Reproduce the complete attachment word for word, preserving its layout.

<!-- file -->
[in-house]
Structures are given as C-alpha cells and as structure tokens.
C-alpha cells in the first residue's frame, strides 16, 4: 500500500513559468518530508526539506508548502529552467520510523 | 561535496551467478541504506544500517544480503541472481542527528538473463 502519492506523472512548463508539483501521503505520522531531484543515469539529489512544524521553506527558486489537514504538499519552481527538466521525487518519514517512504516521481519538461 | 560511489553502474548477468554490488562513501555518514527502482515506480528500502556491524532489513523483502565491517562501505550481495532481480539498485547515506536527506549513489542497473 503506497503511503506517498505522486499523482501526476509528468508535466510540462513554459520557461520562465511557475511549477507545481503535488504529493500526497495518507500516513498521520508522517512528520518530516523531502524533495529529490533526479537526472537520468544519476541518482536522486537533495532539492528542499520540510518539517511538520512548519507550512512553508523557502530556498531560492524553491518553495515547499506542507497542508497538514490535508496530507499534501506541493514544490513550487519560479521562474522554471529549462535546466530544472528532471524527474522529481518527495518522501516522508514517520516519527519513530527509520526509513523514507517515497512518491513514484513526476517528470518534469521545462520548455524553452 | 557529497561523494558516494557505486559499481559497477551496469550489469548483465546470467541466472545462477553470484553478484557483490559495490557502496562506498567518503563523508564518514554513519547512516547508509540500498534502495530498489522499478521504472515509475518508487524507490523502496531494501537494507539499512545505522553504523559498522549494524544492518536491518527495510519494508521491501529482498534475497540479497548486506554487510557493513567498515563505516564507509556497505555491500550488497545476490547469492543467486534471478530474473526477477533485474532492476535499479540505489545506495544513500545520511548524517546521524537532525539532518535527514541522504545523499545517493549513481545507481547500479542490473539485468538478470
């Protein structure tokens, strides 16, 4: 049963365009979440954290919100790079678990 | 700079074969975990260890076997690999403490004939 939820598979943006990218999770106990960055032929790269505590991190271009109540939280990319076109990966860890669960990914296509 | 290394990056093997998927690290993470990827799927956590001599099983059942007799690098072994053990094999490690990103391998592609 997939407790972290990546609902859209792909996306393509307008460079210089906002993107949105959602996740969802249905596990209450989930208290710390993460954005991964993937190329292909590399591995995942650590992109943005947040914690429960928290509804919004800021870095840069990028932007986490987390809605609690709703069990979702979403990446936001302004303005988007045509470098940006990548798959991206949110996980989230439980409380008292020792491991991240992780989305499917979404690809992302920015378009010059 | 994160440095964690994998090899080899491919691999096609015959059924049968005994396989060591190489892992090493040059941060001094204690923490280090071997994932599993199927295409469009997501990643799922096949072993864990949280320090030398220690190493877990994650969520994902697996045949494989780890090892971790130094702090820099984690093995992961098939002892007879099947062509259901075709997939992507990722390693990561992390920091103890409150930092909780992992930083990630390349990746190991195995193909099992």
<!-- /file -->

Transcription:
[in-house]
Structures are given as C-alpha cells and as structure tokens.
C-alpha cells in the first residue's frame, strides 16, 4: 500500500513559468518530508526539506508548502529552467520510523 | 561535496551467478541504506544500517544480503541472481542527528538473463 502519492506523472512548463508539483501521503505520522531531484543515469539529489512544524521553506527558486489537514504538499519552481527538466521525487518519514517512504516521481519538461 | 560511489553502474548477468554490488562513501555518514527502482515506480528500502556491524532489513523483502565491517562501505550481495532481480539498485547515506536527506549513489542497473 503506497503511503506517498505522486499523482501526476509528468508535466510540462513554459520557461520562465511557475511549477507545481503535488504529493500526497495518507500516513498521520508522517512528520518530516523531502524533495529529490533526479537526472537520468544519476541518482536522486537533495532539492528542499520540510518539517511538520512548519507550512512553508523557502530556498531560492524553491518553495515547499506542507497542508497538514490535508496530507499534501506541493514544490513550487519560479521562474522554471529549462535546466530544472528532471524527474522529481518527495518522501516522508514517520516519527519513530527509520526509513523514507517515497512518491513514484513526476517528470518534469521545462520548455524553452 | 557529497561523494558516494557505486559499481559497477551496469550489469548483465546470467541466472545462477553470484553478484557483490559495490557502496562506498567518503563523508564518514554513519547512516547508509540500498534502495530498489522499478521504472515509475518508487524507490523502496531494501537494507539499512545505522553504523559498522549494524544492518536491518527495510519494508521491501529482498534475497540479497548486506554487510557493513567498515563505516564507509556497505555491500550488497545476490547469492543467486534471478530474473526477477533485474532492476535499479540505489545506495544513500545520511548524517546521524537532525539532518535527514541522504545523499545517493549513481545507481547500479542490473539485468538478470
């Protein structure tokens, strides 16, 4: 049963365009979440954290919100790079678990 | 700079074969975990260890076997690999403490004939 939820598979943006990218999770106990960055032929790269505590991190271009109540939280990319076109990966860890669960990914296509 | 290394990056093997998927690290993470990827799927956590001599099983059942007799690098072994053990094999490690990103391998592609 997939407790972290990546609902859209792909996306393509307008460079210089906002993107949105959602996740969802249905596990209450989930208290710390993460954005991964993937190329292909590399591995995942650590992109943005947040914690429960928290509804919004800021870095840069990028932007986490987390809605609690709703069990979702979403990446936001302004303005988007045509470098940006990548798959991206949110996980989230439980409380008292020792491991991240992780989305499917979404690809992302920015378009010059 | 994160440095964690994998090899080899491919691999096609015959059924049968005994396989060591190489892992090493040059941060001094204690923490280090071997994932599993199927295409469009997501990643799922096949072993864990949280320090030398220690190493877990994650969520994902697996045949494989780890090892971790130094702090820099984690093995992961098939002892007879099947062509259901075709997939992507990722390693990561992390920091103890409150930092909780992992930083990630390349990746190991195995193909099992």